Dozens of San Diego crew members were dispatched to locations across the city amid a storm that brought scattered showers to Southern California on Tuesday.
At least 20 locations were being monitored by crew members to ensure that water pumps were working properly.
Last fall, heavy showers sent a flood of water into a homeless tent shelter in the East Village, forcing about 300 people to evacuate.
The water knocked over portable restrooms and contaminated the floodwater. People already down on their luck lost all their belongings and had to be relocated.
A spokesperson for the Alpha Project, the group in charge of the homeless shelter, told NBC 7 that several changes have been made since last year's flood.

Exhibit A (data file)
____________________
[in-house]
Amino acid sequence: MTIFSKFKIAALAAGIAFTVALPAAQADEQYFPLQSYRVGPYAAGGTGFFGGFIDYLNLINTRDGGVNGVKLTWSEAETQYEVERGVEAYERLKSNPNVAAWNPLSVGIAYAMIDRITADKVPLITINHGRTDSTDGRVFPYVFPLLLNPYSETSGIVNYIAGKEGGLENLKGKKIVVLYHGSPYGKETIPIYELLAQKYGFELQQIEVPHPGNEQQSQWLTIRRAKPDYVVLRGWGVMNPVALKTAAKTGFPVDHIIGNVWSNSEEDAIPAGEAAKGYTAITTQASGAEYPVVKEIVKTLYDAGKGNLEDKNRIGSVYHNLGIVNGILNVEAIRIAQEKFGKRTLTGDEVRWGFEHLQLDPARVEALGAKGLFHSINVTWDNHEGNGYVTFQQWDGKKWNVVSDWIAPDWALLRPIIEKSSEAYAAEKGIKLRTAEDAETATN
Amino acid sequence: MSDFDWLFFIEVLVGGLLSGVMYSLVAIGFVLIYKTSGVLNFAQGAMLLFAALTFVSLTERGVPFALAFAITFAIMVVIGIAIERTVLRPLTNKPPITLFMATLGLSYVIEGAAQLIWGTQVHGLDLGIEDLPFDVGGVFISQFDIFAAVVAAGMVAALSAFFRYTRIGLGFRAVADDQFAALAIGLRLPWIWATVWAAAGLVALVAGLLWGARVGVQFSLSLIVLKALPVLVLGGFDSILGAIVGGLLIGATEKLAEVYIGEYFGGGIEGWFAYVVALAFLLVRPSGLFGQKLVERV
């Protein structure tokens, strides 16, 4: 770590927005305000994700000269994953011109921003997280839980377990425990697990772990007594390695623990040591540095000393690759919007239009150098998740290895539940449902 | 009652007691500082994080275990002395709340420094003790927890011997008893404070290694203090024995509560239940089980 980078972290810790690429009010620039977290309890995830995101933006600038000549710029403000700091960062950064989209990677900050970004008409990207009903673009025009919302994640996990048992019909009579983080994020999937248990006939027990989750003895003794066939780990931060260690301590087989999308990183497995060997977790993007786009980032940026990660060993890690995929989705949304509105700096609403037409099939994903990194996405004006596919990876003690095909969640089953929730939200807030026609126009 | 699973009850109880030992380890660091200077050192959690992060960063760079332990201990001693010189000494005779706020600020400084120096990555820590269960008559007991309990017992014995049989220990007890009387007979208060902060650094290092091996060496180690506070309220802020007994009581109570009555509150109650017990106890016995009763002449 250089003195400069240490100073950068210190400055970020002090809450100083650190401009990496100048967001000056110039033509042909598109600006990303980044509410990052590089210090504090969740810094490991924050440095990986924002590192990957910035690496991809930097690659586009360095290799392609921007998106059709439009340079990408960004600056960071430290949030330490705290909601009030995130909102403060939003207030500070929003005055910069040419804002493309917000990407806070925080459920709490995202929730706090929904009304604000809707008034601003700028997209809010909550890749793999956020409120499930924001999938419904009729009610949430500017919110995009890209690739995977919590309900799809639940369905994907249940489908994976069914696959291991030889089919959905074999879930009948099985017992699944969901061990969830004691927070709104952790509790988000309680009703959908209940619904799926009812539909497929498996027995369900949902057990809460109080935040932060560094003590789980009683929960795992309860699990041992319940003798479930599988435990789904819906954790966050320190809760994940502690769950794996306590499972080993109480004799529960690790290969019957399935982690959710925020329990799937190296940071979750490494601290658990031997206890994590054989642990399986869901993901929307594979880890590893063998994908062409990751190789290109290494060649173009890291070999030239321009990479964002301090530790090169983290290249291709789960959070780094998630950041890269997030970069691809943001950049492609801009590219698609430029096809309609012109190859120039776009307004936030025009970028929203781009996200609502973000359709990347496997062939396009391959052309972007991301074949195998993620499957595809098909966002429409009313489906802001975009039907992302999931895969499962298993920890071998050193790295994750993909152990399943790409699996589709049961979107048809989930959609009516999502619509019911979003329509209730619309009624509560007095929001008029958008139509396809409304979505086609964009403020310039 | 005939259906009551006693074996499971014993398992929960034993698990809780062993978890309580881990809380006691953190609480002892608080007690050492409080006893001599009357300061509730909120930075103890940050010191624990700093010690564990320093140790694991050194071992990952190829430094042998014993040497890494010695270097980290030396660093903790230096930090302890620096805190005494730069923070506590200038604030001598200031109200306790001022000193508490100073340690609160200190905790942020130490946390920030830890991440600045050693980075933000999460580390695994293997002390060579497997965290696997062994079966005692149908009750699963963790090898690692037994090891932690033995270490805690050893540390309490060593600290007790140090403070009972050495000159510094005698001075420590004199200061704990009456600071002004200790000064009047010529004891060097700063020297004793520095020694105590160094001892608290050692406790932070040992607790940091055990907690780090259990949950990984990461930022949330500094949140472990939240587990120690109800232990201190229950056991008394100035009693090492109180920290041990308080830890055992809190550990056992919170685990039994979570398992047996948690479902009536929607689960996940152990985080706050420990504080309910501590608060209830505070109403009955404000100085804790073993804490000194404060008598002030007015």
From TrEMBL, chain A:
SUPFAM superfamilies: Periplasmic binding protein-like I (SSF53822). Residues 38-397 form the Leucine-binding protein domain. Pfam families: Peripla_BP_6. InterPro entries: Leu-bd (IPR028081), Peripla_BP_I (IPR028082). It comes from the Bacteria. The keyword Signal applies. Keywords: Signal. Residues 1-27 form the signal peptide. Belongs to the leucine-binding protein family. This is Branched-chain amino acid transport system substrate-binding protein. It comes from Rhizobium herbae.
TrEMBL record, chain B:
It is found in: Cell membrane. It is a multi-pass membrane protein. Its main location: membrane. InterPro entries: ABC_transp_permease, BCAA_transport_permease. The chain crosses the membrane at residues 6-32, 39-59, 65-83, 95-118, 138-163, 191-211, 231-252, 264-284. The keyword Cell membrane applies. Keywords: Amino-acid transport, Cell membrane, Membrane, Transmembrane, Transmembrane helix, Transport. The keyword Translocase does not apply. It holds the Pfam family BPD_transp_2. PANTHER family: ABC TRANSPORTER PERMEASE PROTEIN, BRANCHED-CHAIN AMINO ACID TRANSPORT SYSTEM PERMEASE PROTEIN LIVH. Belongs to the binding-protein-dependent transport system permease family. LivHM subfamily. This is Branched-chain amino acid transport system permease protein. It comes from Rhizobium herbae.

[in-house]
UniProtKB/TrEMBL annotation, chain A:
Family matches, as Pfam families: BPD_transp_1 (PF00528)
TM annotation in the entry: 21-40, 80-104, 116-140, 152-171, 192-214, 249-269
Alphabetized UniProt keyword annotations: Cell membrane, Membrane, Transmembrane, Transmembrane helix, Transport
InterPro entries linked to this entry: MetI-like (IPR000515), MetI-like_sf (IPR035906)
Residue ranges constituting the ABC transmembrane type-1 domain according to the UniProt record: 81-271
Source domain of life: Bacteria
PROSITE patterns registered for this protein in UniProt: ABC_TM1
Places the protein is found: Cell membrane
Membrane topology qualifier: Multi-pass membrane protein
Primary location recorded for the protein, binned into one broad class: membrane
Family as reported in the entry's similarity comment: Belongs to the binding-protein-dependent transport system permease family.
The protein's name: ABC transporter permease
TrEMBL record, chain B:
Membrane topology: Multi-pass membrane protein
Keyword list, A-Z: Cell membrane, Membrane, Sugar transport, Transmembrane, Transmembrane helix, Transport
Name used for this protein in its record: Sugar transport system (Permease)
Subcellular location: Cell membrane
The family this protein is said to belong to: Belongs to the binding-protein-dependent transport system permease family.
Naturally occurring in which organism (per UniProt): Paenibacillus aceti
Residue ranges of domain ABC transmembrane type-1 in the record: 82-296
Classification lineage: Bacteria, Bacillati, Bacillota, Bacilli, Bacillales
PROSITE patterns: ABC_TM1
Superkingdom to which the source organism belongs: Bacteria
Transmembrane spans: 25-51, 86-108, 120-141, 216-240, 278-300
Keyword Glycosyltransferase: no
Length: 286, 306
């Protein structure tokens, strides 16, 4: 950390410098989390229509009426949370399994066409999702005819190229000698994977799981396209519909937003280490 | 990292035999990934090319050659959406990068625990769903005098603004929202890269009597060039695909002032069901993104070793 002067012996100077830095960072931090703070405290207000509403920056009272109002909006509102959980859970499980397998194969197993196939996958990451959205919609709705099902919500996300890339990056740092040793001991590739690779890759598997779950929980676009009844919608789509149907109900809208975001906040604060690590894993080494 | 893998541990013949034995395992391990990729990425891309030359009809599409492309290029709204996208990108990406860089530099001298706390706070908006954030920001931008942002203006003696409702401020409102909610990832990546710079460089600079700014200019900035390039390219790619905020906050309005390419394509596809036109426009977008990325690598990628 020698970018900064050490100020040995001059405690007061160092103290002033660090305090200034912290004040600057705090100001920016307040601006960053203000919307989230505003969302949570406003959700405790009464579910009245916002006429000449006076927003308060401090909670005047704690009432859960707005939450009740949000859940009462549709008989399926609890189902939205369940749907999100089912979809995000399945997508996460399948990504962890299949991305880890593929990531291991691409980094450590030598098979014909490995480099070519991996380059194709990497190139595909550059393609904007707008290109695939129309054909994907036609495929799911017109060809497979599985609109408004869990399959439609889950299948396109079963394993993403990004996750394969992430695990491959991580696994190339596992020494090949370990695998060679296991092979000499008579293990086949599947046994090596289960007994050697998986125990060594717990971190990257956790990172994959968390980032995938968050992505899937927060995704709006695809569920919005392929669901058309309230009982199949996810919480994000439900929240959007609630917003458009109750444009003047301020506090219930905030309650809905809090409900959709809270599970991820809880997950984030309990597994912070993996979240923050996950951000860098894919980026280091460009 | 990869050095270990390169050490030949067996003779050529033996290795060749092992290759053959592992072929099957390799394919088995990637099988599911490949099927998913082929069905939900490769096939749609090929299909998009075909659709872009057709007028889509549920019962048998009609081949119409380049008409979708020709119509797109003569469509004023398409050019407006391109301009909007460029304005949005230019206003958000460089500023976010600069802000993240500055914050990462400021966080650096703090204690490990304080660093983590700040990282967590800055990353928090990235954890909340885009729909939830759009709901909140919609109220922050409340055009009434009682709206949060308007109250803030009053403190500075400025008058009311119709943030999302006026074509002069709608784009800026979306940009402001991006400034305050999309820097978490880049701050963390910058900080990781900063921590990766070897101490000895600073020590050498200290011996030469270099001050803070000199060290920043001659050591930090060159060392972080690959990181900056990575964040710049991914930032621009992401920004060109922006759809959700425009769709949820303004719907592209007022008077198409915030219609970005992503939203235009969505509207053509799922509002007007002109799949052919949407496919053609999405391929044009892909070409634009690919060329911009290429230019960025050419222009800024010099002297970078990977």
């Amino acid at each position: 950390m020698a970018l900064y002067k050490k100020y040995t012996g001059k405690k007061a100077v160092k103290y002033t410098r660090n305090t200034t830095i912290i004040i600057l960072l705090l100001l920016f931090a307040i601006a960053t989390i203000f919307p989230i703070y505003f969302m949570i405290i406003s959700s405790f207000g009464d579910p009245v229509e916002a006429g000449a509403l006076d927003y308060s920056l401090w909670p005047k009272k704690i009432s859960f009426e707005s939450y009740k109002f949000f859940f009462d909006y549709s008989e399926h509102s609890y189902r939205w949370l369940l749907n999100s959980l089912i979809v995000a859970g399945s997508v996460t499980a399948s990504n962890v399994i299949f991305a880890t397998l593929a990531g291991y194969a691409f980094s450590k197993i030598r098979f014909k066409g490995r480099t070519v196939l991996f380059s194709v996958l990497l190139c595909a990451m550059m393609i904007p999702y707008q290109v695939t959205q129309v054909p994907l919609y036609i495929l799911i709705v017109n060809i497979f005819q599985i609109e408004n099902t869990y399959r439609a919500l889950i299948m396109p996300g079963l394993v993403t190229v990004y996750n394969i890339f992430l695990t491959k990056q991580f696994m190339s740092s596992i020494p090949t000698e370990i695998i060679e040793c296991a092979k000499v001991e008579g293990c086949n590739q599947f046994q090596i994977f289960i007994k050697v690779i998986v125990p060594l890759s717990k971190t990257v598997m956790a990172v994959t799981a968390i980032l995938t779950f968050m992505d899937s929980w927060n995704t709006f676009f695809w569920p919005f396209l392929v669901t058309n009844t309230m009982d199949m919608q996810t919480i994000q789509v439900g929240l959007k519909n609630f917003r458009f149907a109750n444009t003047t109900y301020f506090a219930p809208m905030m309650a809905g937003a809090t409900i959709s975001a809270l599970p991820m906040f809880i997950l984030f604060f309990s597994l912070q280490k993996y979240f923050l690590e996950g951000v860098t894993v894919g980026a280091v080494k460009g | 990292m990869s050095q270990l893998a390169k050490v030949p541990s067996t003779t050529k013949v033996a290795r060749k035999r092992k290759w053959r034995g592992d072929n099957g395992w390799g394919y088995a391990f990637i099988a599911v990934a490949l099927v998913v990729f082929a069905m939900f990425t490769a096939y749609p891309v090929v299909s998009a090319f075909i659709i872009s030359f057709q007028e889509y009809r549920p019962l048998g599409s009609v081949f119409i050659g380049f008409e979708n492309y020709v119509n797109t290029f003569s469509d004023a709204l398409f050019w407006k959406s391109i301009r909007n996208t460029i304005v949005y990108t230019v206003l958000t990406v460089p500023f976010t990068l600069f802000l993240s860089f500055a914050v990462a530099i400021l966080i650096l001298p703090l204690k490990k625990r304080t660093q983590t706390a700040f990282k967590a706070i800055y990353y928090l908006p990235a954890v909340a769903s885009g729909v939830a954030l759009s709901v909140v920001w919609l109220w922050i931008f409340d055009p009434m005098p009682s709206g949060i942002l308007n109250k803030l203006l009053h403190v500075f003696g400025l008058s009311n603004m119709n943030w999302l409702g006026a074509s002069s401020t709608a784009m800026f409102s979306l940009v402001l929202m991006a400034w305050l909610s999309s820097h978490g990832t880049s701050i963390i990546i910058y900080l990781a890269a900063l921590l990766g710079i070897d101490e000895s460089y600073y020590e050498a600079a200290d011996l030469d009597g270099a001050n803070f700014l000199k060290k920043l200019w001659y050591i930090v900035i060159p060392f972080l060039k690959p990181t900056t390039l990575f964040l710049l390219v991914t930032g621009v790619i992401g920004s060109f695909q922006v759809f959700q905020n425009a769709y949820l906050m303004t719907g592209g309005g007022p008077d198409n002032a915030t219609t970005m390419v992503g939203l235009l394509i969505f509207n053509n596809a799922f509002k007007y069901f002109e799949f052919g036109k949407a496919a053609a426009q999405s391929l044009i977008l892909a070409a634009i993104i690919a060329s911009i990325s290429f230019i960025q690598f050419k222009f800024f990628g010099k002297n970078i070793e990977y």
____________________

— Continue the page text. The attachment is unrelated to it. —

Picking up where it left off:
The HVAC system was lifted off the ground, there were changes made to the sidewalk, and sandbags placed around the tent.
City crews utilized a hose connected to a water main near the shelter to ensure water was directed straight to a storm drain.
Similar set-ups were being utilized in other flood-prone areas like Mission Valley.
Despite all of those changes, resident David Linwood says the prospect of rain all week makes him nervous.
Linwood said if the rain doesn't slow down he will have to take some precautions of his own, like getting a temporary storage space for his belongings.
Wet weather is expected to continue through at least Thursday and pick back up again next week.